The first time I had shiso I was at a sushi bar in San Francisco. At the time it was the best sushi I’d ever had, but it wasn’t just about the fish. Every now and then a new flavor, one I had never tasted before, would fill my mouth with happiness. It was a fresh flavor, almost like mint, but richer, more earthy and, at the same time, ethereal.
I asked the chef what I was tasting and he explained it was a Japanese herb called shiso (also called green perilla). Ever since that day I had been on a mission to find a place to buy it so I could use it at home. Occasionally I’d find shiso at a Japanese market, but always in small quantities and often at steep prices. Not an ideal situation for a shiso fiend.
I’d always wanted to have a more regular supply of shiso, and this year I finally had the opportunity when I started my first garden. To my delight our shiso plant thrived. Or more accurately: exploded.
For the last few weeks I’ve had shiso coming out my ears and have been using it in salads, stir fries and everything else I could think of. It’s been awesome, but I still had barely dented the towering shiso bush that was taking over my garden. I needed to figure out a way to use a huge bunch of it so it wouldn’t go bad. And fast.
Inspiration struck when I was at another of my favorite sushi restaurants last week and we ordered a dish of soba noodles with shiso pesto. It was quite good, though it tasted more Italiany than I would have preferred. Pesto is a fantastic way to preserve fresh herbs, however, so I decided to try my own version that would retain a more traditional Japanese flavor.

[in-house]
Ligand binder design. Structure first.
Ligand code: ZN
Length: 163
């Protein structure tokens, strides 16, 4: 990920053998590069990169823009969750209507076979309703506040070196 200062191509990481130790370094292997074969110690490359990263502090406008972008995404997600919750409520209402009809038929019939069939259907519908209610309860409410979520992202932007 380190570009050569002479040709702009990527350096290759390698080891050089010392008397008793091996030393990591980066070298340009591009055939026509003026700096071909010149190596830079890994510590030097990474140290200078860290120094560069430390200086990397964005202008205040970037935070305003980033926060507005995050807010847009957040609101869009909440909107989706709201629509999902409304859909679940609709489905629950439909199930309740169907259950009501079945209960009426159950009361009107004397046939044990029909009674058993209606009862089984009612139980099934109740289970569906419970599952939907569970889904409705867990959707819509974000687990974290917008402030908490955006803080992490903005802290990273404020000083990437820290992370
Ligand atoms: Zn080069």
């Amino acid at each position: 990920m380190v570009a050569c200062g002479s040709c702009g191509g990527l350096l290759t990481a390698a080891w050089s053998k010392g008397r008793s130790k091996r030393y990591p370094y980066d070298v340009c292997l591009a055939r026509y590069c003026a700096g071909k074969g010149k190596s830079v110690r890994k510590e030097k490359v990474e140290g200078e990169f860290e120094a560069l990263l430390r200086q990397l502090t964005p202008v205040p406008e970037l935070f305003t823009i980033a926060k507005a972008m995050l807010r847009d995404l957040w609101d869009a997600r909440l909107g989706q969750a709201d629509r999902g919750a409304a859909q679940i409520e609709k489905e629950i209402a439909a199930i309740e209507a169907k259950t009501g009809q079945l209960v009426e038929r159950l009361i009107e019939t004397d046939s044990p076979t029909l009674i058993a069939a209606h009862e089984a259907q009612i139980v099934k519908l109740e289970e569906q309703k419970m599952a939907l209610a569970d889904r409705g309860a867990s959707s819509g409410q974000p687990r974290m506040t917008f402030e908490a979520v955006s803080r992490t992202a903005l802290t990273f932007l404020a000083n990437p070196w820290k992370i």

I had to toy with the recipe a bit, since I couldn’t find a version online that didn’t rely on either cheese, pine nuts, or both, flavors that I feel lend an Italian essence to pesto that I was trying to avoid. Instead I opted for pistachios and miso paste to give the appropriate texture and umami (meaty-savory) flavor. I also started making it with olive oil, but switched to rice bran oil part way through for a more nutty, mild flavor. I have to admit, it turned out pretty awesome.
I tossed my pesto with some Japanese noodles and served it with some shrimp cooked in ponzu sauce, and topped with a sprinkle of bonito flakes. It was light and delicious, but also very filling.
I realize not everyone has access to these quantities of shiso (this recipe could easily be halved and still make plenty), but I wasn’t able to find anything similar online so figured it was worth sharing. If this is the first time you’ve ever heard of shiso, ask around for it at farmers markets and local produce markets this summer. It’s definitely worth a try.
Japanese-Style Shiso Pesto
makes 15-20 servings
- 4 c. tightly packed shiso leaves
- 1/2 c. raw pistachio nuts
- 2 tbsp miso paste (any type)
- 1 clove garlic, pressed
- 1 lemon (juiced)
- 1/2 c. olive oil
- 1/4 c. rice bran oil
In a food processor add the nuts, shiso, miso paste, garlic, lemon juice and olive oil. Pulse until evenly ground.
Turn the food processor to “on” and let it puree while slowly adding the rice bran oil until smooth. The consistency should be between a sauce and a paste. Miso should make the pesto plenty salty, but you can adjust the salt and acidity (lemon) to your liking if necessary.
If you made far more than you can use in a few days (as I did), you can add the remaining pesto to ice cube trays, drizzle a touch of oil on each, cover with plastic wrap and freeze to preserve individual servings. Enjoy for months!